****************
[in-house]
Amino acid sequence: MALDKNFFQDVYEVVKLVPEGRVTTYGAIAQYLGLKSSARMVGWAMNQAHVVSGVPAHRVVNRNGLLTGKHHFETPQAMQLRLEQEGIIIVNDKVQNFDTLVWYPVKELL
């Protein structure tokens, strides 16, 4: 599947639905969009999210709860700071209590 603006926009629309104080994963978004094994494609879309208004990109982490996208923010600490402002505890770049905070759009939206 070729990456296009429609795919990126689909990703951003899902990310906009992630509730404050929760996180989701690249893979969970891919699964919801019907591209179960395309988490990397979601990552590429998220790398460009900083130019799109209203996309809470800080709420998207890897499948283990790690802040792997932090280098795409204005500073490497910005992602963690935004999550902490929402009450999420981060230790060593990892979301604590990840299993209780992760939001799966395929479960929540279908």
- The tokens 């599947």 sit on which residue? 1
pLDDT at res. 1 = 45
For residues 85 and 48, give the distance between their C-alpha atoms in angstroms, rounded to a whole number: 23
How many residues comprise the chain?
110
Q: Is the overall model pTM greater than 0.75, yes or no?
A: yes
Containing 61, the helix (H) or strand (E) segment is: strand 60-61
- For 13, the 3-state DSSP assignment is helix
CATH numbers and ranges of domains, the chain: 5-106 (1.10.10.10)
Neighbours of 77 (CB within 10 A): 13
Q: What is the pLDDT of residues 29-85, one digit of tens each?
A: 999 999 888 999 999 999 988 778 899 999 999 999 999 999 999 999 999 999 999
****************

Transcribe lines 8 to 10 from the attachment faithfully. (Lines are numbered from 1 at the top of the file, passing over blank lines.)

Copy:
110
Q: Is the overall model pTM greater than 0.75, yes or no?
A: yes